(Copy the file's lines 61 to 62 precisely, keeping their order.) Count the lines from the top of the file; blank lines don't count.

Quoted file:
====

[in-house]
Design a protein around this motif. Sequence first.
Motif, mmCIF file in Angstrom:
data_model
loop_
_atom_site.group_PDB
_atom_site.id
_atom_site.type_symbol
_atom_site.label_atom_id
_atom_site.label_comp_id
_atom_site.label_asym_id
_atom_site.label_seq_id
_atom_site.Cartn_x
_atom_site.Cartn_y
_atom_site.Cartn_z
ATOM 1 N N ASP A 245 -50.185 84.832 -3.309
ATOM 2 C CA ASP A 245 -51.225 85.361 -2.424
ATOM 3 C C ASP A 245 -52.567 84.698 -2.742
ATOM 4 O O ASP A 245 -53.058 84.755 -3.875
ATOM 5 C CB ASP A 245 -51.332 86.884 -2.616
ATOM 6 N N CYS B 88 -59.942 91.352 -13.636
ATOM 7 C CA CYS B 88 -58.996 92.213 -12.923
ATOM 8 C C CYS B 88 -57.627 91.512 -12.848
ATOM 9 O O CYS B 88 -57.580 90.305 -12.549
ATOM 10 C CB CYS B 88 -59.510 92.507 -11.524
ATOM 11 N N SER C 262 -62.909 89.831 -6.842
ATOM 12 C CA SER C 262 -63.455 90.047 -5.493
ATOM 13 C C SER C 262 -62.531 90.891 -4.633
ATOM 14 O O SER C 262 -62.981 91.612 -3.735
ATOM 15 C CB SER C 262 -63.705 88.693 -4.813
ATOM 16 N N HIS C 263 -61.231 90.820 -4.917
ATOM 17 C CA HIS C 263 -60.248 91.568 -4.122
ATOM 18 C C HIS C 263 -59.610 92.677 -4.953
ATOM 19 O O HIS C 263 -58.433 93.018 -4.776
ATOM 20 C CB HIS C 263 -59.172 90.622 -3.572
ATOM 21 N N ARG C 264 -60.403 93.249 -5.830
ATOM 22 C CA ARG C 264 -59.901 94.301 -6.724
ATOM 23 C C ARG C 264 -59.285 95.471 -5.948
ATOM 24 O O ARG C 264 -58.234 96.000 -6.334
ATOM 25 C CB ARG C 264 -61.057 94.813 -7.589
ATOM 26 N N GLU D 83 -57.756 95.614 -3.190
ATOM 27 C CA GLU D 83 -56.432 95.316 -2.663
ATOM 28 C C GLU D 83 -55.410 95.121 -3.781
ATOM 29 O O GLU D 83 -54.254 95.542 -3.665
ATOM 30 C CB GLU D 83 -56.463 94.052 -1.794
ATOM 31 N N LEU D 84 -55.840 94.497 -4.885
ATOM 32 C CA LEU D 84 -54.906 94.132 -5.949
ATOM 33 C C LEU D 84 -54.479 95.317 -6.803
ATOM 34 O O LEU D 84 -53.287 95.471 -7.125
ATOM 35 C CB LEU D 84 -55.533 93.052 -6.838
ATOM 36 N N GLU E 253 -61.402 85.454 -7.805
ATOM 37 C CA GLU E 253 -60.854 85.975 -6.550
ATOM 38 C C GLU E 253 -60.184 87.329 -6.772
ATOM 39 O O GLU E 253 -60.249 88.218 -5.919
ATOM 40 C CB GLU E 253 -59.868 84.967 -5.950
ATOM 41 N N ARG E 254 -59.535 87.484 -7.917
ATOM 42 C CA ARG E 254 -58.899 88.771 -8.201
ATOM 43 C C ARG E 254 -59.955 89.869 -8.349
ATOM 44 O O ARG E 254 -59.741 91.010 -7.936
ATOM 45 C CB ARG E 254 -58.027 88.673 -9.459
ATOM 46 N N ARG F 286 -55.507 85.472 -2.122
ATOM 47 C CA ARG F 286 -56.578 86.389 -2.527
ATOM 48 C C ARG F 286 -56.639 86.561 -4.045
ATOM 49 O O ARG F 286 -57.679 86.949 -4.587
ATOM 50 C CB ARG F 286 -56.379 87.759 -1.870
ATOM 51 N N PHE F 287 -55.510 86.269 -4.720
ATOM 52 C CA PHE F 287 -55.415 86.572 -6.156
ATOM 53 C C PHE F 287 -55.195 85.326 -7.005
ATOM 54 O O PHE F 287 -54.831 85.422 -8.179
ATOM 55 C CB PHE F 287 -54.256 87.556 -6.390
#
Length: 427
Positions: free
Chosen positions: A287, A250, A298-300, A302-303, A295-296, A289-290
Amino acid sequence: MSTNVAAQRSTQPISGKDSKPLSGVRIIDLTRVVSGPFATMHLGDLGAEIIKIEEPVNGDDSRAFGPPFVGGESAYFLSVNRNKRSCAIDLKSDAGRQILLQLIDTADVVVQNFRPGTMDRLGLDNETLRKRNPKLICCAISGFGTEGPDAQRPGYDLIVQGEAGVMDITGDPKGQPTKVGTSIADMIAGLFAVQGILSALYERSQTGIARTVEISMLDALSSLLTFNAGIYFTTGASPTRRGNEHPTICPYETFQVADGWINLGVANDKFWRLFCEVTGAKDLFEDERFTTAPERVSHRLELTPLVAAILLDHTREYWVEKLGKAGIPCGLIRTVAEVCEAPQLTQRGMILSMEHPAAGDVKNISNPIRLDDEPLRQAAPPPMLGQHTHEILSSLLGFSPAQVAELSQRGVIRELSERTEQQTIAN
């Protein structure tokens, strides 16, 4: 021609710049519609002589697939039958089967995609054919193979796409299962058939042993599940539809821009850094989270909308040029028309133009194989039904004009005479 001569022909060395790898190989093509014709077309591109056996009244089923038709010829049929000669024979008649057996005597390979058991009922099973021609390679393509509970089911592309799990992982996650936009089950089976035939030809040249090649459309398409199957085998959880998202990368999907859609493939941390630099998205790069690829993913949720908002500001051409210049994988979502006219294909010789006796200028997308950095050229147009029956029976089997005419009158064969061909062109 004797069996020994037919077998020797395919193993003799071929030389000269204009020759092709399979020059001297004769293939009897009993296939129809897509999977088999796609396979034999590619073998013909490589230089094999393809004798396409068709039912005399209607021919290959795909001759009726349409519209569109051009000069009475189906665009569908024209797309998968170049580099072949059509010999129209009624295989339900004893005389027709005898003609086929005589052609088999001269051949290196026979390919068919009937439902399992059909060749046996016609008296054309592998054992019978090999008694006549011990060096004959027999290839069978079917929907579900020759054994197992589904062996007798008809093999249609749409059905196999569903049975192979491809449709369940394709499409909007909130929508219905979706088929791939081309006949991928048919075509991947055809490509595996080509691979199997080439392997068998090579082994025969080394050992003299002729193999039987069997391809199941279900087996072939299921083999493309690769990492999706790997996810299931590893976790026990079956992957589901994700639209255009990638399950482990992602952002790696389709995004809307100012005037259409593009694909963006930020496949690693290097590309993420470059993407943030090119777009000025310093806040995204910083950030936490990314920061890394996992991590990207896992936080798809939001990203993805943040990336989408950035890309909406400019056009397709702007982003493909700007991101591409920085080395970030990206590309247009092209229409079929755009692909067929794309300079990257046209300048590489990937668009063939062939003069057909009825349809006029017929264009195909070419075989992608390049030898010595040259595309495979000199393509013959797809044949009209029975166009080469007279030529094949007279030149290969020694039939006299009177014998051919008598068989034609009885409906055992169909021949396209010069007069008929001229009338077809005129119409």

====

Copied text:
ATOM 46 N N ARG F 286 -55.507 85.472 -2.122
ATOM 47 C CA ARG F 286 -56.578 86.389 -2.527